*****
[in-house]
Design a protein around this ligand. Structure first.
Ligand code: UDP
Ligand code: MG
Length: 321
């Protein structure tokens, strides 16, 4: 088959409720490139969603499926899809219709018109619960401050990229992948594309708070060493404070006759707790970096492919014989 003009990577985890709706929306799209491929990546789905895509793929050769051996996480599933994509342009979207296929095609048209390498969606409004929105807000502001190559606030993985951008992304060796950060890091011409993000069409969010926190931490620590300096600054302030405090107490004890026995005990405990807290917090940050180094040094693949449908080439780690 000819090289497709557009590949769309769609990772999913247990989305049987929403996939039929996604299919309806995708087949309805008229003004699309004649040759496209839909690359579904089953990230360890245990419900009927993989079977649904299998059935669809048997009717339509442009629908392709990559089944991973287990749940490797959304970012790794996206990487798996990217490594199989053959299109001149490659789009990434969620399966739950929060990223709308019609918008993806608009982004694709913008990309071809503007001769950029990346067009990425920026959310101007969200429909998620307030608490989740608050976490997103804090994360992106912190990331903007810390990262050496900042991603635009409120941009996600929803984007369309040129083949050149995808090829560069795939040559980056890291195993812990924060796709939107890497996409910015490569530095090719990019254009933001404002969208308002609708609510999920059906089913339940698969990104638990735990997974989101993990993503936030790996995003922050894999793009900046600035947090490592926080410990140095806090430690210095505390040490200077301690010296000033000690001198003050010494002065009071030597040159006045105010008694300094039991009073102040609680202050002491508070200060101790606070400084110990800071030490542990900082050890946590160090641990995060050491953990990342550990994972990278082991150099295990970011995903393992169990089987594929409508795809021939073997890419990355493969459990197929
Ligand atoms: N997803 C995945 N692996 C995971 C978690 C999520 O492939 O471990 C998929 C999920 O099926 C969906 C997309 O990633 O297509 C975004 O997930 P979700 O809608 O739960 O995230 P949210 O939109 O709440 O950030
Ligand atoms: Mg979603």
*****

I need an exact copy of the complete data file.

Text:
[in-house]
Design a protein around this ligand. Structure first.
Ligand code: UDP
Ligand code: MG
Length: 321
């Protein structure tokens, strides 16, 4: 088959409720490139969603499926899809219709018109619960401050990229992948594309708070060493404070006759707790970096492919014989 003009990577985890709706929306799209491929990546789905895509793929050769051996996480599933994509342009979207296929095609048209390498969606409004929105807000502001190559606030993985951008992304060796950060890091011409993000069409969010926190931490620590300096600054302030405090107490004890026995005990405990807290917090940050180094040094693949449908080439780690 000819090289497709557009590949769309769609990772999913247990989305049987929403996939039929996604299919309806995708087949309805008229003004699309004649040759496209839909690359579904089953990230360890245990419900009927993989079977649904299998059935669809048997009717339509442009629908392709990559089944991973287990749940490797959304970012790794996206990487798996990217490594199989053959299109001149490659789009990434969620399966739950929060990223709308019609918008993806608009982004694709913008990309071809503007001769950029990346067009990425920026959310101007969200429909998620307030608490989740608050976490997103804090994360992106912190990331903007810390990262050496900042991603635009409120941009996600929803984007369309040129083949050149995808090829560069795939040559980056890291195993812990924060796709939107890497996409910015490569530095090719990019254009933001404002969208308002609708609510999920059906089913339940698969990104638990735990997974989101993990993503936030790996995003922050894999793009900046600035947090490592926080410990140095806090430690210095505390040490200077301690010296000033000690001198003050010494002065009071030597040159006045105010008694300094039991009073102040609680202050002491508070200060101790606070400084110990800071030490542990900082050890946590160090641990995060050491953990990342550990994972990278082991150099295990970011995903393992169990089987594929409508795809021939073997890419990355493969459990197929
Ligand atoms: N997803 C995945 N692996 C995971 C978690 C999520 O492939 O471990 C998929 C999920 O099926 C969906 C997309 O990633 O297509 C975004 O997930 P979700 O809608 O739960 O995230 P949210 O939109 O709440 O950030
Ligand atoms: Mg979603």